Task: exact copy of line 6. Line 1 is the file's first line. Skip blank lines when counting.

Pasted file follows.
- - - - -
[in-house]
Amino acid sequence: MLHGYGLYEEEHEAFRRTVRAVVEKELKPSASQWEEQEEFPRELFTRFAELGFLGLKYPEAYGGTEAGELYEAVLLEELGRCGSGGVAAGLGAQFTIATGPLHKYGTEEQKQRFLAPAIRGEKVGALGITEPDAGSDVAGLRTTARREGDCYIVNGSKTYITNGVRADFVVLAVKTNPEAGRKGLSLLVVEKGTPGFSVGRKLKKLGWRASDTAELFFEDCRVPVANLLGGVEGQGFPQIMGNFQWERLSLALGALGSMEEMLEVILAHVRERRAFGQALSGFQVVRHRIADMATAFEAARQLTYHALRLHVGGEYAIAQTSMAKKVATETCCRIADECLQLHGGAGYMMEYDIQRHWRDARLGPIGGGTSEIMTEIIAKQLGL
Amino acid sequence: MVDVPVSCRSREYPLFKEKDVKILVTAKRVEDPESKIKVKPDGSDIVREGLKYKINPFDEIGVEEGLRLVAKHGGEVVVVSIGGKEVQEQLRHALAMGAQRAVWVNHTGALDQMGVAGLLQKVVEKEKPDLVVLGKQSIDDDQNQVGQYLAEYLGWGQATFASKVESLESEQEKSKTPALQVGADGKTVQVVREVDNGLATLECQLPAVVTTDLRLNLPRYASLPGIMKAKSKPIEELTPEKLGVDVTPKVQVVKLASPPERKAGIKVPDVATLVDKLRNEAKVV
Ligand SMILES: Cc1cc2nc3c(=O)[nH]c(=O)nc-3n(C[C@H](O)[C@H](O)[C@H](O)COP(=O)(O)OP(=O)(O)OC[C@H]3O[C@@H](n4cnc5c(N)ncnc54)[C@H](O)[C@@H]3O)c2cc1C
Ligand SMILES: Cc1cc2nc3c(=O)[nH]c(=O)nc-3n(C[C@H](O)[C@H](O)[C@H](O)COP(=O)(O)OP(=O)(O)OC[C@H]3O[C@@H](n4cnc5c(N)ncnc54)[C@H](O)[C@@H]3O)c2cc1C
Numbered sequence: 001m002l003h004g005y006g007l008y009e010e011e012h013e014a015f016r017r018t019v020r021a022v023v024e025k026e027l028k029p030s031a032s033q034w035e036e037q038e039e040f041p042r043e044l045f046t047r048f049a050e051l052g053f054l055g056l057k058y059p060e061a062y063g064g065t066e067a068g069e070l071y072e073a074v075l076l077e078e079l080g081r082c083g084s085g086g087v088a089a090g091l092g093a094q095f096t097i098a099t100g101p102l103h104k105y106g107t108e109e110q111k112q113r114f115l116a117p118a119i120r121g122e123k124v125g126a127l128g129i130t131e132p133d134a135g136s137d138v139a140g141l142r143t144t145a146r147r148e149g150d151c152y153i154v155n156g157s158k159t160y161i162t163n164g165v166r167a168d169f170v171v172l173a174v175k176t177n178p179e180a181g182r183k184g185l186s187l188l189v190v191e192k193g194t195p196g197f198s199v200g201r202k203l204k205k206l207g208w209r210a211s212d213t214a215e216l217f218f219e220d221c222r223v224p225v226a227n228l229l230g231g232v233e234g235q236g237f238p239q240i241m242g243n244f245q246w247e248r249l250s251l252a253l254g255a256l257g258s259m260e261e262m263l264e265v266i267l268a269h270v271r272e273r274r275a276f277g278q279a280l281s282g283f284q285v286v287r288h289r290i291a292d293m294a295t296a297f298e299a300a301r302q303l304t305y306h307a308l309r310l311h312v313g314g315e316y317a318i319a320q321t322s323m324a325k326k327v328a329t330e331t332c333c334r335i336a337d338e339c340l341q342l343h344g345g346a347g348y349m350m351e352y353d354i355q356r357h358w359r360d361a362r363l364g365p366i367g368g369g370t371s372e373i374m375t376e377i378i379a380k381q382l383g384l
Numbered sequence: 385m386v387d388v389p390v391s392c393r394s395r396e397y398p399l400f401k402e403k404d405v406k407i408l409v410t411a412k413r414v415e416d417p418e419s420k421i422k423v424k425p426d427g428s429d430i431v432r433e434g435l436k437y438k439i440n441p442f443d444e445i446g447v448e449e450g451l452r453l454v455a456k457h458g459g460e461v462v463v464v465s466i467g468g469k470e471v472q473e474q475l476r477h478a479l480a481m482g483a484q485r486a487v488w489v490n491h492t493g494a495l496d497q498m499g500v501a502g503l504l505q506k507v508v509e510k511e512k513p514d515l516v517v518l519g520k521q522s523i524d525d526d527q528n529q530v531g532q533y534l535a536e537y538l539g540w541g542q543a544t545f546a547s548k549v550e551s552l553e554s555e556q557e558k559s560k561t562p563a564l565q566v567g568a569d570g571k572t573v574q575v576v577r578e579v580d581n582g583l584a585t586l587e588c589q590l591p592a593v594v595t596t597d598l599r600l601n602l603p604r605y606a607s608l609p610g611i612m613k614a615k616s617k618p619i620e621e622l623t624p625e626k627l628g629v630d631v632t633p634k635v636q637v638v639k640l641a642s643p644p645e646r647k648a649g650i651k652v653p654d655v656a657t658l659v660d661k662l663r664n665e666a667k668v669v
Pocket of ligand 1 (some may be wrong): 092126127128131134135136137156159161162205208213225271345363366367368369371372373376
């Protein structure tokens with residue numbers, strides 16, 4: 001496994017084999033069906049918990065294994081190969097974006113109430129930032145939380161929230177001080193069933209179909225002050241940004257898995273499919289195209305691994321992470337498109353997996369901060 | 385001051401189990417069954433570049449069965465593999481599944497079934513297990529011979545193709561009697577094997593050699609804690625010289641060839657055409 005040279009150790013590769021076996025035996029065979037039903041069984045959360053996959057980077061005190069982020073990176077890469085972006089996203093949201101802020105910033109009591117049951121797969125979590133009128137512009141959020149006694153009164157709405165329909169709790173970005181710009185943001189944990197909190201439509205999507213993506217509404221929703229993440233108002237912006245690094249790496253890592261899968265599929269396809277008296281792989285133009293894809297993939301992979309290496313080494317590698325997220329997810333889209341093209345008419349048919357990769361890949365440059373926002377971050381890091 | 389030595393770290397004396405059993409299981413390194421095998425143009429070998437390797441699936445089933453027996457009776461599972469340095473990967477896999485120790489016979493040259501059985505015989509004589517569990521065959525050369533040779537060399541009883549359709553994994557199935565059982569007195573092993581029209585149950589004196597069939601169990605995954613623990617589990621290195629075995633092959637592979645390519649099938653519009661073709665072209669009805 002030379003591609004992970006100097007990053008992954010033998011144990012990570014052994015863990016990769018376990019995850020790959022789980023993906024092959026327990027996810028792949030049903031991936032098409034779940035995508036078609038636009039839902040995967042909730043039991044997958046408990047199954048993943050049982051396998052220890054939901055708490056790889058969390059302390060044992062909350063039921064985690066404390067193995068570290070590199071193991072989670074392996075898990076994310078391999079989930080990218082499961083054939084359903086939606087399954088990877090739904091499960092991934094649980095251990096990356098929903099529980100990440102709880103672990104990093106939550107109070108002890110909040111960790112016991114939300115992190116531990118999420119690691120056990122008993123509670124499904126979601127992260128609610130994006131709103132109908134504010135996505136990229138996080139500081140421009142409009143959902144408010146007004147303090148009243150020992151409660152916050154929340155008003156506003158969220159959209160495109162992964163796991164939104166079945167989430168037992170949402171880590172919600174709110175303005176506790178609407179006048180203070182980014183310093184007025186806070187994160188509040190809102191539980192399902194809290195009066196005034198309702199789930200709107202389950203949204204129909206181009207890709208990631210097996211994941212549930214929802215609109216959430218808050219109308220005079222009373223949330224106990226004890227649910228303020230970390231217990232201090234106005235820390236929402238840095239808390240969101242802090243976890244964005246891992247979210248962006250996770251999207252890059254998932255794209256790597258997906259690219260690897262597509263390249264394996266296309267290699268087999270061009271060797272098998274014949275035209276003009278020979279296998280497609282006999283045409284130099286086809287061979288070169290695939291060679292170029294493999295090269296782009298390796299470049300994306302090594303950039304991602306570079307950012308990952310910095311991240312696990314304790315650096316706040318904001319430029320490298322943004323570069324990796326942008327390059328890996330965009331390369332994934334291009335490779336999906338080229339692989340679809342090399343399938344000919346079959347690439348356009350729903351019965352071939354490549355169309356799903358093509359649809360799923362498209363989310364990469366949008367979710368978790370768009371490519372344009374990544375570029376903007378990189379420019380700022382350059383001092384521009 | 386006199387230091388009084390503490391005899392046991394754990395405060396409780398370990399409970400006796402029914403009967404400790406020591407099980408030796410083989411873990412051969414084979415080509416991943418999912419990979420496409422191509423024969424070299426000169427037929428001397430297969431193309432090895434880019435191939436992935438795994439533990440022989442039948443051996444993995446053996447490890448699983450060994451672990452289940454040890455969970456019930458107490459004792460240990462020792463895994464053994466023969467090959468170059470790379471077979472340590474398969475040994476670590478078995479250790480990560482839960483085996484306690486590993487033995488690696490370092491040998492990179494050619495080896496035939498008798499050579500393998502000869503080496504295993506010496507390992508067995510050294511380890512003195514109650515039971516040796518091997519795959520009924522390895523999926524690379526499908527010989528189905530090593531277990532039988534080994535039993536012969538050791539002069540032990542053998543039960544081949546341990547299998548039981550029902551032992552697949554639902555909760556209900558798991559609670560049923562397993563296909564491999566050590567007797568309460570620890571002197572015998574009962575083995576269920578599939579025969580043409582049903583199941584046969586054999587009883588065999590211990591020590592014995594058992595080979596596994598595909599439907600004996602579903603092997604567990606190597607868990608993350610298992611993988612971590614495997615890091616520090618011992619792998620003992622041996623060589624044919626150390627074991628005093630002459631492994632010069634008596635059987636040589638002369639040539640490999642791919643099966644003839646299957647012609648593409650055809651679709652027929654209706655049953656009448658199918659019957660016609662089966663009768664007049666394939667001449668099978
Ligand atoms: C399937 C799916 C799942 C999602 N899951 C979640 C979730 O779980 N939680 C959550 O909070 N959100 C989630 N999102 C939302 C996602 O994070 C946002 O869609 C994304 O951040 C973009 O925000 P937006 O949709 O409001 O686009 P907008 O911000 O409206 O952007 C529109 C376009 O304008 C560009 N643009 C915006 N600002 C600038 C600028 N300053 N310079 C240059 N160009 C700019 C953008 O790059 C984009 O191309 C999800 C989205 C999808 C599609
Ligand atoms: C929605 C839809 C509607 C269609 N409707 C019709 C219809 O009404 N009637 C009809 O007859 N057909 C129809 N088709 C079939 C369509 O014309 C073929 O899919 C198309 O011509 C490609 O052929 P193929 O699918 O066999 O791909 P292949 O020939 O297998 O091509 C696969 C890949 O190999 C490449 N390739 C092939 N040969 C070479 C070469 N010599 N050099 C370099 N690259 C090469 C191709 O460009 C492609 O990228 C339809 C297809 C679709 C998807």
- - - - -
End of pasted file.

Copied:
Numbered sequence: 001m002l003h004g005y006g007l008y009e010e011e012h013e014a015f016r017r018t019v020r021a022v023v024e025k026e027l028k029p030s031a032s033q034w035e036e037q038e039e040f041p042r043e044l045f046t047r048f049a050e051l052g053f054l055g056l057k058y059p060e061a062y063g064g065t066e067a068g069e070l071y072e073a074v075l076l077e078e079l080g081r082c083g084s085g086g087v088a089a090g091l092g093a094q095f096t097i098a099t100g101p102l103h104k105y106g107t108e109e110q111k112q113r114f115l116a117p118a119i120r121g122e123k124v125g126a127l128g129i130t131e132p133d134a135g136s137d138v139a140g141l142r143t144t145a146r147r148e149g150d151c152y153i154v155n156g157s158k159t160y161i162t163n164g165v166r167a168d169f170v171v172l173a174v175k176t177n178p179e180a181g182r183k184g185l186s187l188l189v190v191e192k193g194t195p196g197f198s199v200g201r202k203l204k205k206l207g208w209r210a211s212d213t214a215e216l217f218f219e220d221c222r223v224p225v226a227n228l229l230g231g232v233e234g235q236g237f238p239q240i241m242g243n244f245q246w247e248r249l250s251l252a253l254g255a256l257g258s259m260e261e262m263l264e265v266i267l268a269h270v271r272e273r274r275a276f277g278q279a280l281s282g283f284q285v286v287r288h289r290i291a292d293m294a295t296a297f298e299a300a301r302q303l304t305y306h307a308l309r310l311h312v313g314g315e316y317a318i319a320q321t322s323m324a325k326k327v328a329t330e331t332c333c334r335i336a337d338e339c340l341q342l343h344g345g346a347g348y349m350m351e352y353d354i355q356r357h358w359r360d361a362r363l364g365p366i367g368g369g370t371s372e373i374m375t376e377i378i379a380k381q382l383g384l